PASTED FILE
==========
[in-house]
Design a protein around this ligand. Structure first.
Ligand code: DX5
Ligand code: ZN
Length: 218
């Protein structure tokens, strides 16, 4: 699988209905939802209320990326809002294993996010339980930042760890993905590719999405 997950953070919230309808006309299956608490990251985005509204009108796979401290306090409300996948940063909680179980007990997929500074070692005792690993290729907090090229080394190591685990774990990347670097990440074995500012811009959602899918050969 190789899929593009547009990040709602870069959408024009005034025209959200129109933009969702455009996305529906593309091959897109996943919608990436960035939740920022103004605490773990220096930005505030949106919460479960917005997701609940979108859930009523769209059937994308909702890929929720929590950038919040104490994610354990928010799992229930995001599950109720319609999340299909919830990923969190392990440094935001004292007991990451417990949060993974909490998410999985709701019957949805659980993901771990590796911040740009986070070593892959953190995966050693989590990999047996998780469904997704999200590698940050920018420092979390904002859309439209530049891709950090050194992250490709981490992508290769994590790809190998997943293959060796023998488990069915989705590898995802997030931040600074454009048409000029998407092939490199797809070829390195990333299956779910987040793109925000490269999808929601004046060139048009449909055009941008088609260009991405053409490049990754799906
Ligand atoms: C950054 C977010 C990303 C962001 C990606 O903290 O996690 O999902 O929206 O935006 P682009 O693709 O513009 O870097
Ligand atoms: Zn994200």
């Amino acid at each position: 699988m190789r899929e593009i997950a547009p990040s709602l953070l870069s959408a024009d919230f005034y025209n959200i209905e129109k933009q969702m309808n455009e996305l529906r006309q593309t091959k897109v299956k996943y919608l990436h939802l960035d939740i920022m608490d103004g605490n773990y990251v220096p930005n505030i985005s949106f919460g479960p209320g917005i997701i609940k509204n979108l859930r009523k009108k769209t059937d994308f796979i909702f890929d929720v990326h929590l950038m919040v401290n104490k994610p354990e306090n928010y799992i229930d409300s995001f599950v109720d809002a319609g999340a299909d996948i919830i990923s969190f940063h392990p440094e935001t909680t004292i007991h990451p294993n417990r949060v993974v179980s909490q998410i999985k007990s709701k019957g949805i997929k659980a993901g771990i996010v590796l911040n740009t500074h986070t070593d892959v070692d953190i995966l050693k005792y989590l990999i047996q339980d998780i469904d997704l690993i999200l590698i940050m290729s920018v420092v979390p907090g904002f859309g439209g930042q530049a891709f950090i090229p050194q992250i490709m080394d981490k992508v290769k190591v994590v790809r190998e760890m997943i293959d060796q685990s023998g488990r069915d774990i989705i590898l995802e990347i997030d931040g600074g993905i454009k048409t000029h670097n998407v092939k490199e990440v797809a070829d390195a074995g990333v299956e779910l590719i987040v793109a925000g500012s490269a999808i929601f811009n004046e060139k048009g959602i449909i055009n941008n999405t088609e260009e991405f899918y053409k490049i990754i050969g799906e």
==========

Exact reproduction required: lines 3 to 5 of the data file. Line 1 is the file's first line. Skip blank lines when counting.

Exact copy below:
Ligand code: DX5
Ligand code: ZN
Length: 218